Typically, disasters are seen as disruptions of normal economic activity and thus reducing trade. However, the existing empirical evidence for a negative relationship between disasters and trade is contradictory. On the contrary, it has been recognised that disasters may stimulate trade. How come? And what are the policy implications of this finding?
While this article deliberates on these central questions in brief, the motivation to write this article stems from my recently published collaborative work (Li and van Bergeijk 2019 in Nitsch and Besedes) on the same subject where this topic is discussed in greater detail.
Ensuring economic resilience and preventing trade disruptions has been an important issue for research and policymaking. The impact of natural disasters, closely related to this issue, is thus a topic of rising relevance for development studies. This is particularly true for countries that suffer often from natural disasters, especially the Small Island Development States (SIDS). In general, the occurrence of natural disasters has also been increasing over the past decades.
Further, disasters are commonly seen as disruptions in the normal economic activity and thus causing reduction in trade (e.g. Gassebner, Keck and Teh 2010; Oh and Reuveny 2010; Martincus and Blyde 2013; Hayakawa, Matsuura, and Okubo 2015). However, the existing empirical evidence does not convincingly support a negative relationship between disasters and trade, both when it comes to imports and exports (Li and van Bergeijk 2019).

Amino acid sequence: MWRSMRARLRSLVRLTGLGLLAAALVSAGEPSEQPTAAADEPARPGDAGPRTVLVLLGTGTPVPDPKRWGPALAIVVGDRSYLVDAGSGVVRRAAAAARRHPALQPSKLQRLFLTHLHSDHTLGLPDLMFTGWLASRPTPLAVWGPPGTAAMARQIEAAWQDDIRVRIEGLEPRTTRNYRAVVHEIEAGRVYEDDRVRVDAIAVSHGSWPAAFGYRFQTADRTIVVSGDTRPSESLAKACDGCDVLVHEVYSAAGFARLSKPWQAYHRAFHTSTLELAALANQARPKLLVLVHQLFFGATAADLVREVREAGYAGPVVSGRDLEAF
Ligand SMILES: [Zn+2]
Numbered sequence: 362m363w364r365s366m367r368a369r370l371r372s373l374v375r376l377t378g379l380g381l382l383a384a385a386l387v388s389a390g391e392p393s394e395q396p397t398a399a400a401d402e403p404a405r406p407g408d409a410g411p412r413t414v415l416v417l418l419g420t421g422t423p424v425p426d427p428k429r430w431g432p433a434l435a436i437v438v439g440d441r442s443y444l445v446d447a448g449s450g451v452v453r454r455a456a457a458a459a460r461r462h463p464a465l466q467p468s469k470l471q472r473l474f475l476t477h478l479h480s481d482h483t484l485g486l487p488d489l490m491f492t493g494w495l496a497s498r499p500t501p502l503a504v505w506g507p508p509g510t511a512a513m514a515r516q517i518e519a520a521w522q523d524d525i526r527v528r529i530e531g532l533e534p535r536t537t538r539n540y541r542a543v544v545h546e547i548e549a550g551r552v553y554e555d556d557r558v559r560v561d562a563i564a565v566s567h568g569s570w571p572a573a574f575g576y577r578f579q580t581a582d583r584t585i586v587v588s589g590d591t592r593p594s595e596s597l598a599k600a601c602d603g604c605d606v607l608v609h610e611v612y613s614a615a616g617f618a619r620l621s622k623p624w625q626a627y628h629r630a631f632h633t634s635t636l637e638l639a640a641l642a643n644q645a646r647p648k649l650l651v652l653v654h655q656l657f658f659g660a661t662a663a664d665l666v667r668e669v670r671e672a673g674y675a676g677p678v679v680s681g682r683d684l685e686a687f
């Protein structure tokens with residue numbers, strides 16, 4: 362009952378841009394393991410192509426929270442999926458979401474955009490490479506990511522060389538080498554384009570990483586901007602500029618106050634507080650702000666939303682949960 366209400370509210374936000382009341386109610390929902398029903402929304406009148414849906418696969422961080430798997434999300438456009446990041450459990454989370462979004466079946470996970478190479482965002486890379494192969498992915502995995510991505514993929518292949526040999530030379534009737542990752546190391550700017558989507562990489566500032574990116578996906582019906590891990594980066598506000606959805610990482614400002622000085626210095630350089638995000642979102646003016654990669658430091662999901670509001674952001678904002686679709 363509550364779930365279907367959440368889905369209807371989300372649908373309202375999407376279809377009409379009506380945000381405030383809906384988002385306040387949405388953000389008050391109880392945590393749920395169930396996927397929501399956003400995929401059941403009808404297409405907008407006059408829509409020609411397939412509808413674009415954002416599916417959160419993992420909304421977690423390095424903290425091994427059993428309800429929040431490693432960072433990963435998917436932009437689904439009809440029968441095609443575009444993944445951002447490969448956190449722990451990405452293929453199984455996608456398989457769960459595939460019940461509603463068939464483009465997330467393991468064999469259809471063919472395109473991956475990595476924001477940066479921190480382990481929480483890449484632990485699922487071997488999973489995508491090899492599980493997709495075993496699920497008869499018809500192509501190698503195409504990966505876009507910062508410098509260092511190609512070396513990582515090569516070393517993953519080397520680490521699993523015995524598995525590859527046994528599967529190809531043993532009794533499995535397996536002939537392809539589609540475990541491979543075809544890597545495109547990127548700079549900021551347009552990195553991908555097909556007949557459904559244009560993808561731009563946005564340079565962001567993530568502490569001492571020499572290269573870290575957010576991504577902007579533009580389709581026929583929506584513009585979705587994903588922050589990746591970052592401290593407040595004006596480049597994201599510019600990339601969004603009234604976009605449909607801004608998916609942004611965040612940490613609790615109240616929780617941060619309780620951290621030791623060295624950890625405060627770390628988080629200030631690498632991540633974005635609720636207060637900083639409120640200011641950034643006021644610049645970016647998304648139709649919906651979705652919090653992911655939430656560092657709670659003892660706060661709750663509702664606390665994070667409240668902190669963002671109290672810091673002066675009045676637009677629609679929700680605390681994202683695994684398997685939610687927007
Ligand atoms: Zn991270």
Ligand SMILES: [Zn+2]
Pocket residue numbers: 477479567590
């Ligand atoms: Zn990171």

Disasters could also potentially impact trade positively, as recognized by more recent studies, through demand, technology upgrading and firm productivity. For example, disasters generate import demand in order to replace the lost production (Adam 2013). From a supply side perspective, Pelli and Tschopp (2012) pointed out the creative destruction aspect of disasters, supported by micro evidence from Yogyakarta Indonesia (Brata, De Groot and Zant 2018). The evidence suggests that the 2006 earthquake in Indonesia had a ‘cleaning effect’ on the manufacturing sector, forcing out unproductive firms, and opening rooms for new firms, which are recognized to be even more productive and have higher productivity growth than the surviving firms.
Recent macro level empirical evidence from 63 countries supports the counterintuitive idea discussed above (Li and van Bergeijk 2019). The main finding is that the natural disasters are associated with higher trade growth, both regarding imports and exports. In addition, the evidence suggests lower level of development is associated with higher disaster resilience. In particular, Least Developed Countries (LDCs) appear to have higher trade resilience, possibly due to better access to aid and greater awareness of the aid community. Preliminary evidence suggests Foreign Direct Investment (FDI) enhances trade resilience by different mechanisms for imports and exports. The enhancing effect for imports is associated with FDI flows while for export it is linked to FDI stocks. It is suggested that the political system, i.e. level of democracy, the often-assumed significant factor to resilience, is not determinative.